Journal entry: December 9, 1994 (age 25) – Trivia
Geographically speaking, my life is perfect. I live in the trendy Dupont Circle neighborhood of Washington, D.C., three blocks from my job at a patent and trademark law firm. Three blocks in another direction takes me to my main hobby, frequenting the bars around 19th and M. Sign of the Whale, Rumors, and, especially, Madhatter’s are my favorites. They all serve Miller Genuine Draft in bottles and spin my current favorite record, “Missing,” by Everything But The Girl, at least once an hour.
Mel Schwing, the younger brother of my high school classmate and friend, Trina Schwing, moved to D.C. recently, and we’ve met up a few times. Mel’s tall and extremely confident when meeting women, so he makes an excellent…I don’t what the word is for the guy that a wingman follows around to meet women, but that’s him.
Today is Friday, and my after-work routine is to nap for a few hours before going out. When Mel called me this afternoon, it took him a while to talk me into altering that plan. A bar called Mister Days at 19th and L? That’s an extra block of walking. Happy hour? I prefer nappy hour. Miller Genuine Draft on DRAFT? You’ve got to be kidding me. He finally won me over by appealing to my ego. “They’re having a trivia contest, and you’re really smart, so I figured you’d be great at it.” He did have a fine point there.
Soon after we arrived at the bar, we were talking to a pair of beautiful women in black mini-dresses. I even posed for a Polaroid with them. The fact that they turned out to be employees of a liquor company selling expensive shots was ironically sobering. But I was still having fun. Meanwhile, equipment for the contest was being set up by a radio station, making this a bigger deal than I had expected. Mel looked over at me with a big, cheesy grin. “Pretty cool, huh?”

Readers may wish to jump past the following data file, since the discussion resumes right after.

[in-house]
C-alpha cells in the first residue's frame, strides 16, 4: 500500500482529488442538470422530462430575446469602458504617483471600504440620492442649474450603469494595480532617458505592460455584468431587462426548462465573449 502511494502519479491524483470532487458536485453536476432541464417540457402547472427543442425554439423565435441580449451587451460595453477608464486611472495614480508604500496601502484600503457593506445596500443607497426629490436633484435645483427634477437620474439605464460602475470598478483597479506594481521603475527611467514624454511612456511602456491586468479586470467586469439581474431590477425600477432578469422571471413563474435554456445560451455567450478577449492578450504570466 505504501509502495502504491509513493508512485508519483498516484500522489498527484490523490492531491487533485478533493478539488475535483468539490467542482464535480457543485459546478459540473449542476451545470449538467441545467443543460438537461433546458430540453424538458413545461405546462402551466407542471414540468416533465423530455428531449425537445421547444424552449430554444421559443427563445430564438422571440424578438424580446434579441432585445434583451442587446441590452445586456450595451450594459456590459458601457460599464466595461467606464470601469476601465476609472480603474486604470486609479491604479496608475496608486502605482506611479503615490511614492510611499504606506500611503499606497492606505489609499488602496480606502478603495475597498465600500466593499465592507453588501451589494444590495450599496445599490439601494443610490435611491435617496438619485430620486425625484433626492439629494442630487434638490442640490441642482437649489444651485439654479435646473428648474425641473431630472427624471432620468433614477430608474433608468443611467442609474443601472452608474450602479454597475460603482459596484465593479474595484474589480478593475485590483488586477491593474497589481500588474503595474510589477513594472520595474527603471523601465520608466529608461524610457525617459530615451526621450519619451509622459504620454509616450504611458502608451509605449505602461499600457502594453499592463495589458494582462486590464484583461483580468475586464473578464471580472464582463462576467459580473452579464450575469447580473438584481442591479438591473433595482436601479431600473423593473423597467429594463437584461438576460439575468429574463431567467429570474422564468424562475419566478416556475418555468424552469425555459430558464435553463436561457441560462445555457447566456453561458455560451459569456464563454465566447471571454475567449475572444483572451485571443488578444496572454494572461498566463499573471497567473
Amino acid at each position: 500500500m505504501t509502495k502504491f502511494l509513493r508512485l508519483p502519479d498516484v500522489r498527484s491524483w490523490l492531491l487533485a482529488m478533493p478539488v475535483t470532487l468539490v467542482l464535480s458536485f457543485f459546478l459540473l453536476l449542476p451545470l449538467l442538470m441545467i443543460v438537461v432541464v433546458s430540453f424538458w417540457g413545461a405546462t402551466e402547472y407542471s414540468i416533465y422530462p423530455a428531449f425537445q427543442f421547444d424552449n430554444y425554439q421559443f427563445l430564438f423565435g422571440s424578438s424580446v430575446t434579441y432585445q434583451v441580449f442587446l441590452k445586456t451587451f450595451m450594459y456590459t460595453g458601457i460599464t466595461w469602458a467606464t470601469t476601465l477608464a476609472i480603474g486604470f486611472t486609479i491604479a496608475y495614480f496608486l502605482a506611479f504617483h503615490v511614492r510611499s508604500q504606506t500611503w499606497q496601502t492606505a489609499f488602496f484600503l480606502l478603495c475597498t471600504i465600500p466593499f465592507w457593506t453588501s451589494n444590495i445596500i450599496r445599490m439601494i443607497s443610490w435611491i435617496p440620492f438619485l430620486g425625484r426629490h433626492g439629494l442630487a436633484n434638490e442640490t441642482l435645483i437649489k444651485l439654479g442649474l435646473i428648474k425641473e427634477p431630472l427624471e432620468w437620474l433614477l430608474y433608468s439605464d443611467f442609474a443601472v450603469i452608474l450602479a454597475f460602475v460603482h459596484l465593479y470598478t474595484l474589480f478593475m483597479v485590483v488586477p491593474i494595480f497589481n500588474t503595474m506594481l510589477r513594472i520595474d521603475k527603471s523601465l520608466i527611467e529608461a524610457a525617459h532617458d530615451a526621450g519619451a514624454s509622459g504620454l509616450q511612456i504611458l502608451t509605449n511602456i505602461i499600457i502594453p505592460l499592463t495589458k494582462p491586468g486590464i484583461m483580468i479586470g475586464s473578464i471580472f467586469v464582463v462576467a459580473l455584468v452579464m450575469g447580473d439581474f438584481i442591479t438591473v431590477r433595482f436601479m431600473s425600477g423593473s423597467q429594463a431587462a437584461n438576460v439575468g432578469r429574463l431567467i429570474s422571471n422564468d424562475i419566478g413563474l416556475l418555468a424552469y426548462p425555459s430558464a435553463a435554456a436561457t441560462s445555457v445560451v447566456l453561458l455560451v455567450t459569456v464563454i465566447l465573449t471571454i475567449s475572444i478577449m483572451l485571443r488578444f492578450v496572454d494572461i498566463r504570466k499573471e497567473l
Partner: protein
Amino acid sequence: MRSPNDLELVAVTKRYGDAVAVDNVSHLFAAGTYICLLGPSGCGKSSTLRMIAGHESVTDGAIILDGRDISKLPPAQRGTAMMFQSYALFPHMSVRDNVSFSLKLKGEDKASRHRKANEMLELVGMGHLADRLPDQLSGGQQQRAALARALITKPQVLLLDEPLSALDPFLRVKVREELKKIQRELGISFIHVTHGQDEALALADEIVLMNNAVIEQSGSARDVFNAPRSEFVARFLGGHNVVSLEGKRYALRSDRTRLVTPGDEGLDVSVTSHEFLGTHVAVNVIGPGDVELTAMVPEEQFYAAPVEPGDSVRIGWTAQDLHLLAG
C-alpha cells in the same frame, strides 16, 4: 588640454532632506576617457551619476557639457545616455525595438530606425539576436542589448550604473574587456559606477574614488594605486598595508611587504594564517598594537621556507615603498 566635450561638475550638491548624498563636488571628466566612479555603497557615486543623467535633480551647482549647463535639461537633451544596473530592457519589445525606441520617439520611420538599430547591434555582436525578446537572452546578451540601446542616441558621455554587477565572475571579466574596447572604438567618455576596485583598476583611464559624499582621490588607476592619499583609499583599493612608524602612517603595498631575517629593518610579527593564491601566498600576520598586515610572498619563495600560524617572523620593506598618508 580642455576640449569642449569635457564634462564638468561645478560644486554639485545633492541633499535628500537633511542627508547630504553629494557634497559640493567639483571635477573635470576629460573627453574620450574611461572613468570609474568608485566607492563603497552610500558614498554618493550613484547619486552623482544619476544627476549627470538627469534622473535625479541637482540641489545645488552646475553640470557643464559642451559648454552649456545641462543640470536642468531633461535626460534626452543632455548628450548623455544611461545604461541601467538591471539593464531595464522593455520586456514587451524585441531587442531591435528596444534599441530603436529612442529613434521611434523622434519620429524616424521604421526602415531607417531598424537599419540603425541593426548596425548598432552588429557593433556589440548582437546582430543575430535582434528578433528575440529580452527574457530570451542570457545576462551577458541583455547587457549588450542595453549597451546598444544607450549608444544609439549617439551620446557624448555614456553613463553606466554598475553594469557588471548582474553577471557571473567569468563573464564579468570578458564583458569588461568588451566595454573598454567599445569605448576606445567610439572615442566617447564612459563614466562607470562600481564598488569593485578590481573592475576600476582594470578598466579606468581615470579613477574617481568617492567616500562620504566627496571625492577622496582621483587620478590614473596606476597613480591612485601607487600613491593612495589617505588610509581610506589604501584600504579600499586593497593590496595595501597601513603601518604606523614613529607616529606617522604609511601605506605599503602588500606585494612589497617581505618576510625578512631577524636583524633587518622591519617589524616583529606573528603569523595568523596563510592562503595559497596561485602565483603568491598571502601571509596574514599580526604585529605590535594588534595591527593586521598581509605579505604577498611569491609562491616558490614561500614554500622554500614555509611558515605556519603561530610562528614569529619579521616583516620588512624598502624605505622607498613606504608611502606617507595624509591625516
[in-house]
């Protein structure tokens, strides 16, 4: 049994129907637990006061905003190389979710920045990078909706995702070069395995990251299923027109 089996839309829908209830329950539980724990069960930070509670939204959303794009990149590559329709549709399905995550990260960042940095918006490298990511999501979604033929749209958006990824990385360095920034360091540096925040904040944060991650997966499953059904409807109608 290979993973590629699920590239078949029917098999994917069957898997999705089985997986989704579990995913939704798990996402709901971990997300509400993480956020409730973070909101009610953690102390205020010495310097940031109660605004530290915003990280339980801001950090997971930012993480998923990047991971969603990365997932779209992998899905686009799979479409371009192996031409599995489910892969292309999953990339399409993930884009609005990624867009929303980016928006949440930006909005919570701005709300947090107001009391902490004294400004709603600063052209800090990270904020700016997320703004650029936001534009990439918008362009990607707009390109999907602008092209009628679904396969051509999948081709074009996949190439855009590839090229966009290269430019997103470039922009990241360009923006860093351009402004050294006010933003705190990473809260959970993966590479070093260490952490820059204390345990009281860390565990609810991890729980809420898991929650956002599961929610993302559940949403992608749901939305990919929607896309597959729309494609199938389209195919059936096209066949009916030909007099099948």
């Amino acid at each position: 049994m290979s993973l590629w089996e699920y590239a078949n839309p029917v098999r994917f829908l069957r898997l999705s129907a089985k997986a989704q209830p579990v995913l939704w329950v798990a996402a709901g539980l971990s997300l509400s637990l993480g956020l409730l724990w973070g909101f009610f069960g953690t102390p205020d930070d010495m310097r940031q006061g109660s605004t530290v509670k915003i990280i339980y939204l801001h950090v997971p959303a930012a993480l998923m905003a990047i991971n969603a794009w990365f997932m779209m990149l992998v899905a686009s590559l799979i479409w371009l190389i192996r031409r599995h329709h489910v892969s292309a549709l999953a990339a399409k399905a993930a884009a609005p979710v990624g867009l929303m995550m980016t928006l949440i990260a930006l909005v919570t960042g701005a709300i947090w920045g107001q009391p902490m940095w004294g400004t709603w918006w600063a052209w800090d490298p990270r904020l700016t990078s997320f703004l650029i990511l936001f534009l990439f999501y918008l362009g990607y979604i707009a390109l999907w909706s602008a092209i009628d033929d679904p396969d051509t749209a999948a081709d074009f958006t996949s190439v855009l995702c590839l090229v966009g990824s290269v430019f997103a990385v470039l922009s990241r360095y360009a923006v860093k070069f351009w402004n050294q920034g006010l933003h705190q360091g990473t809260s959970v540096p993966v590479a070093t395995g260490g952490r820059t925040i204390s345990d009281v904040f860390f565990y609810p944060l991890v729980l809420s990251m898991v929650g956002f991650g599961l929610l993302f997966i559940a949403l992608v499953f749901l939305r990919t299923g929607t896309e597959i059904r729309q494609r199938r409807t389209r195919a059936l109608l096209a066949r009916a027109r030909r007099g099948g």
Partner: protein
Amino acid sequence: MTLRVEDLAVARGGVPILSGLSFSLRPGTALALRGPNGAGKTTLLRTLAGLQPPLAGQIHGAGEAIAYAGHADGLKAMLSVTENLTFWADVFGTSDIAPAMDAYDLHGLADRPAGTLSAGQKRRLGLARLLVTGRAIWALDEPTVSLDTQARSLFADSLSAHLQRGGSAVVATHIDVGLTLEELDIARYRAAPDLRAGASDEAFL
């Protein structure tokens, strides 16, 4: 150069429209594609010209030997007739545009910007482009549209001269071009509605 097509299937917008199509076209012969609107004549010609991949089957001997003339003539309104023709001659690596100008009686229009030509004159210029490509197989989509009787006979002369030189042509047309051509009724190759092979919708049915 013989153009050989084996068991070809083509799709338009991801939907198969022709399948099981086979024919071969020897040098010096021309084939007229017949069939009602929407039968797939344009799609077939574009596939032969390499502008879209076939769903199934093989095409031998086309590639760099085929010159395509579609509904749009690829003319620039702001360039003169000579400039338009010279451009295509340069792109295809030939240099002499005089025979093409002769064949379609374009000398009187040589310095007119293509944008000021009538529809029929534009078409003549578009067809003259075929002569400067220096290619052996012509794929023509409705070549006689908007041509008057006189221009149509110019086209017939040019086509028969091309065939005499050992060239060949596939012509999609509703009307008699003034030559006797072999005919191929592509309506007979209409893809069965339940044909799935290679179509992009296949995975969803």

The precise moment when things turned really, really uncool was when they unfurled a banner that read “WTEM Sports Radio.” I sputtered, “This is a SPORTS trivia contest?!” “Yeah,” Mel said with a shrug. “What’s the problem?” The problem was his unfamiliarity with my lifelong disinterest in anything sports-related. My strategy for participating in conversations about sports relies solely on having memorized one famous name from each sport. During the Super Bowl, I frequently comment that a particular player is “no Red Grange.” For baseball, I drop a few “Luis Tiant” references. For golf, I also use Luis Tiant, which usually confuses people long enough for me to excuse myself and go get more Cheetos.
But there was no getting out of this trivia contest, so I employed a new strategy: complete silence. Before Mel answered any of the questions, he turned to me for input. Each time, I furrowed my brow and rocked back and forth on my stool, as though the name of the 1968 Heisman Trophy winner was on the tip of my tongue. When the final tally revealed that Mel and I would not be proceeding to the advanced round next week, I was the happiest loser in sports history – except maybe that one guy who was happy even though he lost all those football points to Red Grange that one time.